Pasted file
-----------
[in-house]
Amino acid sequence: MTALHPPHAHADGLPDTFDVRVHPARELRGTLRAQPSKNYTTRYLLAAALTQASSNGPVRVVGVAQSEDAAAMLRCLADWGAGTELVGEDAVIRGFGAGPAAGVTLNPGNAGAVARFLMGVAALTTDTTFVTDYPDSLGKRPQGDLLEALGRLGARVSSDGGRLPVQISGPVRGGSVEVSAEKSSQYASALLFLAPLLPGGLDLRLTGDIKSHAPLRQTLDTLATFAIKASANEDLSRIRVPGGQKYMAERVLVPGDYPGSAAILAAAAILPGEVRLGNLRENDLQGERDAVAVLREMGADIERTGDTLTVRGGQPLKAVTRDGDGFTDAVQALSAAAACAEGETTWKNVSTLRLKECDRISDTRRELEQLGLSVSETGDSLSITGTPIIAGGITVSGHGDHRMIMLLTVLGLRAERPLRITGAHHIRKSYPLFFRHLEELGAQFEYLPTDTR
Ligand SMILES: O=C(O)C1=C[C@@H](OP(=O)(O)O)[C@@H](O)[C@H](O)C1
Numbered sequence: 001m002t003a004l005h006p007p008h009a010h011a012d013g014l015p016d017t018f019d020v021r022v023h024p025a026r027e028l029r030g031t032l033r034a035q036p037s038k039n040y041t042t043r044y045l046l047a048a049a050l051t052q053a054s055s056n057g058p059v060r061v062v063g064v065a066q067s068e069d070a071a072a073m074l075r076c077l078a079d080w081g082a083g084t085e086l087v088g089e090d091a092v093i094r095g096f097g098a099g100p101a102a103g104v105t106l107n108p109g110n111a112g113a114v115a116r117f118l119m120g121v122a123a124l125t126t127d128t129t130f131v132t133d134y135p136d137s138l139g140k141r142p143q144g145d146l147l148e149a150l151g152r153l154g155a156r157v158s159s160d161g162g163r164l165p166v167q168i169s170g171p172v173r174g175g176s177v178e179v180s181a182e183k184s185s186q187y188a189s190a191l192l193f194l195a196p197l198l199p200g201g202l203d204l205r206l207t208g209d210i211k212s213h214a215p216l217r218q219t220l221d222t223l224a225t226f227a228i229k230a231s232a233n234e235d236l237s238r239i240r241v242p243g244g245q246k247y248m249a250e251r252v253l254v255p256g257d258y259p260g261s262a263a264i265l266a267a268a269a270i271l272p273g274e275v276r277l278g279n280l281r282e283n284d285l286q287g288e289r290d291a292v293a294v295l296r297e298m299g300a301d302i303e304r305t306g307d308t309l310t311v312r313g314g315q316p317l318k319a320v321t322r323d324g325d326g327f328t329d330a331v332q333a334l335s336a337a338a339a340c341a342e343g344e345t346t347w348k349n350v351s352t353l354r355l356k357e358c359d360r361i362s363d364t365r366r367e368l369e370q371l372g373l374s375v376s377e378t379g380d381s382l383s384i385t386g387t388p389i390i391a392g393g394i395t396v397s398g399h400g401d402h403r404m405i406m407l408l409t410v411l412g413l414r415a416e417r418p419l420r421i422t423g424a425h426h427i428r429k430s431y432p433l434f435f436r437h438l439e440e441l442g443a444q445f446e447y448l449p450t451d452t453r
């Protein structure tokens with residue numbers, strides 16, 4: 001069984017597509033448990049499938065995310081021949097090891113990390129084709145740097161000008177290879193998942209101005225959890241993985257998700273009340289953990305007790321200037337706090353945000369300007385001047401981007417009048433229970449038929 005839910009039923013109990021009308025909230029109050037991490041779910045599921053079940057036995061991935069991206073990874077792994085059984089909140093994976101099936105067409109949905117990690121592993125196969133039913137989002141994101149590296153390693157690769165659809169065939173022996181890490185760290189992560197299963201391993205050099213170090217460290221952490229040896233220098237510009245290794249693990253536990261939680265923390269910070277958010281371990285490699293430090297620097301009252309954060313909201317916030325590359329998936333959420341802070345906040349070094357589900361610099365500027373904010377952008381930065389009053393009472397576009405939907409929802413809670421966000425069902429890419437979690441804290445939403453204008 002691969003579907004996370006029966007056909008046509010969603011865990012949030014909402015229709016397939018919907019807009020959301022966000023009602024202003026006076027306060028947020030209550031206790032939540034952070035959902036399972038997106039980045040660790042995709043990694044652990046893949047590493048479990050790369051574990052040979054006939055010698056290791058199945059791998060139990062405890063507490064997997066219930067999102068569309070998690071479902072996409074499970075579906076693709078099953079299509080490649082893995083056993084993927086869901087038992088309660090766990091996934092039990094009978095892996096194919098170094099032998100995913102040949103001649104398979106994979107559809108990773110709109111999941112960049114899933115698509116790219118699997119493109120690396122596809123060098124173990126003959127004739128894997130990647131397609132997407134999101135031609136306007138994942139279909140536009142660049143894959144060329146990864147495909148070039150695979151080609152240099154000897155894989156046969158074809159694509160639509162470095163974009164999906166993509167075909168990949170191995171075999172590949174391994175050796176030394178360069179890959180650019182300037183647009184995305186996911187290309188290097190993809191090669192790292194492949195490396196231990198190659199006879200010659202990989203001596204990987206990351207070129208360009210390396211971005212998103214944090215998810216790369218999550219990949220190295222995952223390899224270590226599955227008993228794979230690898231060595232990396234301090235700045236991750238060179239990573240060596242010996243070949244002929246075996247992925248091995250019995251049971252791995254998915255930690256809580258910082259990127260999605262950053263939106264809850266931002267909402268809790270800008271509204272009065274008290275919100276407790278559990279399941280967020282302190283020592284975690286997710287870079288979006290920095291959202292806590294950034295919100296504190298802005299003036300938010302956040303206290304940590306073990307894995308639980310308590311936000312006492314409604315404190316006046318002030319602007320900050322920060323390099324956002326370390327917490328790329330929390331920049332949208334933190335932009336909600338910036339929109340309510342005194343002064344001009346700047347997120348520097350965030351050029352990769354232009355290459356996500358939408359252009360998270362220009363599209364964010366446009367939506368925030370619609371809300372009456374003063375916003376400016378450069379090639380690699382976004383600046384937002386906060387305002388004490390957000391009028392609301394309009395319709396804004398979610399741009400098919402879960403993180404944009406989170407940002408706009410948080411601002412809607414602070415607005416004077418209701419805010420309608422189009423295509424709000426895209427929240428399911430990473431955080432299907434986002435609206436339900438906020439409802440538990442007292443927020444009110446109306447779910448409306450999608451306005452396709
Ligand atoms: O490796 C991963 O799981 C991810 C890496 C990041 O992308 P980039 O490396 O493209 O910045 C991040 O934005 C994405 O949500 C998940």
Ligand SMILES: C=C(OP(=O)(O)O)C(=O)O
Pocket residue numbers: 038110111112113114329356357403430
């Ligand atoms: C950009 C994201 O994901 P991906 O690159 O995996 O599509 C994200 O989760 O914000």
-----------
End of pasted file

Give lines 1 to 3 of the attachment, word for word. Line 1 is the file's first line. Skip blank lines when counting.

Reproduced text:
[in-house]
Amino acid sequence: MTALHPPHAHADGLPDTFDVRVHPARELRGTLRAQPSKNYTTRYLLAAALTQASSNGPVRVVGVAQSEDAAAMLRCLADWGAGTELVGEDAVIRGFGAGPAAGVTLNPGNAGAVARFLMGVAALTTDTTFVTDYPDSLGKRPQGDLLEALGRLGARVSSDGGRLPVQISGPVRGGSVEVSAEKSSQYASALLFLAPLLPGGLDLRLTGDIKSHAPLRQTLDTLATFAIKASANEDLSRIRVPGGQKYMAERVLVPGDYPGSAAILAAAAILPGEVRLGNLRENDLQGERDAVAVLREMGADIERTGDTLTVRGGQPLKAVTRDGDGFTDAVQALSAAAACAEGETTWKNVSTLRLKECDRISDTRRELEQLGLSVSETGDSLSITGTPIIAGGITVSGHGDHRMIMLLTVLGLRAERPLRITGAHHIRKSYPLFFRHLEELGAQFEYLPTDTR
Ligand SMILES: O=C(O)C1=C[C@@H](OP(=O)(O)O)[C@@H](O)[C@H](O)C1